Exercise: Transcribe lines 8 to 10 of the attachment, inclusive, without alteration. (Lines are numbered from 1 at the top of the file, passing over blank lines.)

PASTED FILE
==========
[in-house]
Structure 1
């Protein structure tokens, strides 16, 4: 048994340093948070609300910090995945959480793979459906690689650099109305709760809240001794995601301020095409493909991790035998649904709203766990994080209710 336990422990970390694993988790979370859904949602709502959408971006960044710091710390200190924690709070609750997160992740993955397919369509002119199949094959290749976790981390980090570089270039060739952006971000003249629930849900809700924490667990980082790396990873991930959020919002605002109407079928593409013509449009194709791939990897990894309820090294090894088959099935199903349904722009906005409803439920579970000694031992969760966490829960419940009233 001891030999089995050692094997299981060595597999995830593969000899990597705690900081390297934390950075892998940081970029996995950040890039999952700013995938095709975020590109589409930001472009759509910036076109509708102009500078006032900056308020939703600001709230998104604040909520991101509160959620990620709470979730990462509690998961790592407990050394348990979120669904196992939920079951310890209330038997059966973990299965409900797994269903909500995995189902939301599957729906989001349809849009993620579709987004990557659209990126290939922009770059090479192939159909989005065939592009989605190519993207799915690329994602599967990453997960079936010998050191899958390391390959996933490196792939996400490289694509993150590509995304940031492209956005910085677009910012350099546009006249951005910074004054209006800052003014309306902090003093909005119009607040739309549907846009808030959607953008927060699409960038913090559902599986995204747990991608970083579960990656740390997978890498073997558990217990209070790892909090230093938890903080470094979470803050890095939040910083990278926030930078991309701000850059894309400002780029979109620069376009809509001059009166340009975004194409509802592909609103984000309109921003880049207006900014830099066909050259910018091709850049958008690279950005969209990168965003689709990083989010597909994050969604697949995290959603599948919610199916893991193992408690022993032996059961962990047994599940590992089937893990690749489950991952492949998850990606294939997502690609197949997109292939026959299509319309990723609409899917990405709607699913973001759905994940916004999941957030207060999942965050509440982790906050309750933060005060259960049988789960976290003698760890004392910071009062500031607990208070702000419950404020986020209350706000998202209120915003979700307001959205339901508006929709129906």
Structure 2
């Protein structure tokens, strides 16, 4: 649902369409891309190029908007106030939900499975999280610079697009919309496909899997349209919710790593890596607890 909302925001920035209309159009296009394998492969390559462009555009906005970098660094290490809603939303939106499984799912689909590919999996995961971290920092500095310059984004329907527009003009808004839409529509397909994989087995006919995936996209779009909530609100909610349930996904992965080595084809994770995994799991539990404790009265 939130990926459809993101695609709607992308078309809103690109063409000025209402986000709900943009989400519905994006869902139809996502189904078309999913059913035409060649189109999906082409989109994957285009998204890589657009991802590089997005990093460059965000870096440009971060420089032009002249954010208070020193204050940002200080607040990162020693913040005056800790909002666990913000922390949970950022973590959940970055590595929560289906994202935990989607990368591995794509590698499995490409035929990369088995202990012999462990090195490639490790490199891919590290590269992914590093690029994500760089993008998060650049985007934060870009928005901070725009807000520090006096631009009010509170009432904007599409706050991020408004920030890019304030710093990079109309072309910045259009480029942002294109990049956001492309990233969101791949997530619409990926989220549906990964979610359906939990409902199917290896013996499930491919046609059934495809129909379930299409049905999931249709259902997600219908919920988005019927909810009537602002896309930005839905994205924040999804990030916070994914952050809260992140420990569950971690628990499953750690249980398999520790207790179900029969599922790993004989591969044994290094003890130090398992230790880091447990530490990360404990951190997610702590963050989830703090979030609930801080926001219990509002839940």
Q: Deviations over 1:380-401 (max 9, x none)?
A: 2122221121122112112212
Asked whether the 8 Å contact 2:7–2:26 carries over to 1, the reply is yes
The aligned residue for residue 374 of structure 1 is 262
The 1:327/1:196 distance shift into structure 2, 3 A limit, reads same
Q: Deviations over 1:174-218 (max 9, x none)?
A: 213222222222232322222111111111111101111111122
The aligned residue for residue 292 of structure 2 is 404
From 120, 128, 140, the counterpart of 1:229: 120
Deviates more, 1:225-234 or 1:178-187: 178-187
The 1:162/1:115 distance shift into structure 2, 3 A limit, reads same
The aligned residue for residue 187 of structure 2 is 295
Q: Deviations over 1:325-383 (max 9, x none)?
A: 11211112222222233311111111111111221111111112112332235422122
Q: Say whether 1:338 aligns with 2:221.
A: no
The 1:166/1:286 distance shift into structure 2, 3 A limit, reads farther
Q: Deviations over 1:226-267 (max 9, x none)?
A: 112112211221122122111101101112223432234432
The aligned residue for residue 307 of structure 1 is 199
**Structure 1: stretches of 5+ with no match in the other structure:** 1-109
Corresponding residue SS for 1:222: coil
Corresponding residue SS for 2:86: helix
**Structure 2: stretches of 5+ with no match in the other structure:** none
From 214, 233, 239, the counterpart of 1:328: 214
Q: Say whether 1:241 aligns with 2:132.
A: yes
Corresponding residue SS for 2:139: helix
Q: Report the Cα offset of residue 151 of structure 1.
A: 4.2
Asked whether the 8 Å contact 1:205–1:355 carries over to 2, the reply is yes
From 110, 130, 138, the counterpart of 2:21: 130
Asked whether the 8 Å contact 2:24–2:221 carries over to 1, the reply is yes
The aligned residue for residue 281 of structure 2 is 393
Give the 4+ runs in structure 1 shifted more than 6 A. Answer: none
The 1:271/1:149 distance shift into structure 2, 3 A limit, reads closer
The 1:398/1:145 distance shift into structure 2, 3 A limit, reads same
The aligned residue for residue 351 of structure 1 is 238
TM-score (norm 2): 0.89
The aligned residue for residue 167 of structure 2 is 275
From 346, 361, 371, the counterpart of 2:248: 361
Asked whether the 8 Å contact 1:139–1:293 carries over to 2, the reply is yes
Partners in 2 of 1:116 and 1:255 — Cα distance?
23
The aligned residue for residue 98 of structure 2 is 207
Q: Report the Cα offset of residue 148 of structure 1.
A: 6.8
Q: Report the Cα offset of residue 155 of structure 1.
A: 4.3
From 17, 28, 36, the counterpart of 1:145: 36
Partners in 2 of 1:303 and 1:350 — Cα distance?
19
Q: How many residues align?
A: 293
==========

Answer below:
Asked whether the 8 Å contact 2:7–2:26 carries over to 1, the reply is yes
The aligned residue for residue 374 of structure 1 is 262
The 1:327/1:196 distance shift into structure 2, 3 A limit, reads same